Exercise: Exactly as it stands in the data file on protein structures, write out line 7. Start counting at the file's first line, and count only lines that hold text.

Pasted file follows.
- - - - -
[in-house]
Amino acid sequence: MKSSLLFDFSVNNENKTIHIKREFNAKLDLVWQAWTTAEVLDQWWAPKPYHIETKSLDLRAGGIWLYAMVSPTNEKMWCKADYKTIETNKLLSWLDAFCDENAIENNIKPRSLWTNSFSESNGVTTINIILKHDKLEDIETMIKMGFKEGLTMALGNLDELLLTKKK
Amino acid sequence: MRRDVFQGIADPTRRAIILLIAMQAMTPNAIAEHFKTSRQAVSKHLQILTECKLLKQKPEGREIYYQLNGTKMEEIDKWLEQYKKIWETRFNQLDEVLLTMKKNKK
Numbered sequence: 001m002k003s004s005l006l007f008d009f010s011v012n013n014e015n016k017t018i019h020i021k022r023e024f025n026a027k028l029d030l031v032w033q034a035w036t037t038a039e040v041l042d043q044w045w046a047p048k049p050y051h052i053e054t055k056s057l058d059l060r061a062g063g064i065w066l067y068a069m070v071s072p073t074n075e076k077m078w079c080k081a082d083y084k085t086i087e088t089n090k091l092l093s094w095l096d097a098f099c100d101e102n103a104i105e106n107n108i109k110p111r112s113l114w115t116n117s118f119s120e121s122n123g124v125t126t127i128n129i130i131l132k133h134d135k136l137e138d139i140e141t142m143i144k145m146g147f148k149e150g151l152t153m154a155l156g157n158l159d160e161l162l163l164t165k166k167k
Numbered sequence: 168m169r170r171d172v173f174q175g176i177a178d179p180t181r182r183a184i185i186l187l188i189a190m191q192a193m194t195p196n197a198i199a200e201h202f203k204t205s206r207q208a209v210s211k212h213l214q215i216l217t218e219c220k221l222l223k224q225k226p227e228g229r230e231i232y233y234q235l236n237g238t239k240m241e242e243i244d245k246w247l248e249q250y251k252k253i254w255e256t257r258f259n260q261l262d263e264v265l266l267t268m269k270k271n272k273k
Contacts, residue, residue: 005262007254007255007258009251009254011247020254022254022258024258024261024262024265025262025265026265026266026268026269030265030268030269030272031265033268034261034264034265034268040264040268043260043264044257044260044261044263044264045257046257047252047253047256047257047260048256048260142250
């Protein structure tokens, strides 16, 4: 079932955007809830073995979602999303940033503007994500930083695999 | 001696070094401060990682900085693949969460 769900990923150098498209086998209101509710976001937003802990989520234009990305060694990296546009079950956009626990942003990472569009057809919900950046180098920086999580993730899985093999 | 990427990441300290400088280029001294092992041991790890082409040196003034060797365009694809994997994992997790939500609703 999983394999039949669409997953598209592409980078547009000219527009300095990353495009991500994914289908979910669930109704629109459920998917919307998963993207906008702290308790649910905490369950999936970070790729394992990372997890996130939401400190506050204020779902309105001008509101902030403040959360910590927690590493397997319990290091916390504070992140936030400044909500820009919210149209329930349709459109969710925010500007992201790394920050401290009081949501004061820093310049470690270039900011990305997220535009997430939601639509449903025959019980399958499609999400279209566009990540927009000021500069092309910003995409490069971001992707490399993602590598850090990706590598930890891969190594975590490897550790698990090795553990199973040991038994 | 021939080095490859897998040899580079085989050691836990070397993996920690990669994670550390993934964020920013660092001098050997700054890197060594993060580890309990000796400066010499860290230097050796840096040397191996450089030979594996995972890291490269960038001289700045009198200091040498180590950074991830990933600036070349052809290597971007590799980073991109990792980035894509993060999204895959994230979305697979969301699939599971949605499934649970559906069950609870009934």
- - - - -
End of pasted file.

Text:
């Protein structure tokens, strides 16, 4: 079932955007809830073995979602999303940033503007994500930083695999 | 001696070094401060990682900085693949969460 769900990923150098498209086998209101509710976001937003802990989520234009990305060694990296546009079950956009626990942003990472569009057809919900950046180098920086999580993730899985093999 | 990427990441300290400088280029001294092992041991790890082409040196003034060797365009694809994997994992997790939500609703 999983394999039949669409997953598209592409980078547009000219527009300095990353495009991500994914289908979910669930109704629109459920998917919307998963993207906008702290308790649910905490369950999936970070790729394992990372997890996130939401400190506050204020779902309105001008509101902030403040959360910590927690590493397997319990290091916390504070992140936030400044909500820009919210149209329930349709459109969710925010500007992201790394920050401290009081949501004061820093310049470690270039900011990305997220535009997430939601639509449903025959019980399958499609999400279209566009990540927009000021500069092309910003995409490069971001992707490399993602590598850090990706590598930890891969190594975590490897550790698990090795553990199973040991038994 | 021939080095490859897998040899580079085989050691836990070397993996920690990669994670550390993934964020920013660092001098050997700054890197060594993060580890309990000796400066010499860290230097050796840096040397191996450089030979594996995972890291490269960038001289700045009198200091040498180590950074991830990933600036070349052809290597971007590799980073991109990792980035894509993060999204895959994230979305697979969301699939599971949605499934649970559906069950609870009934």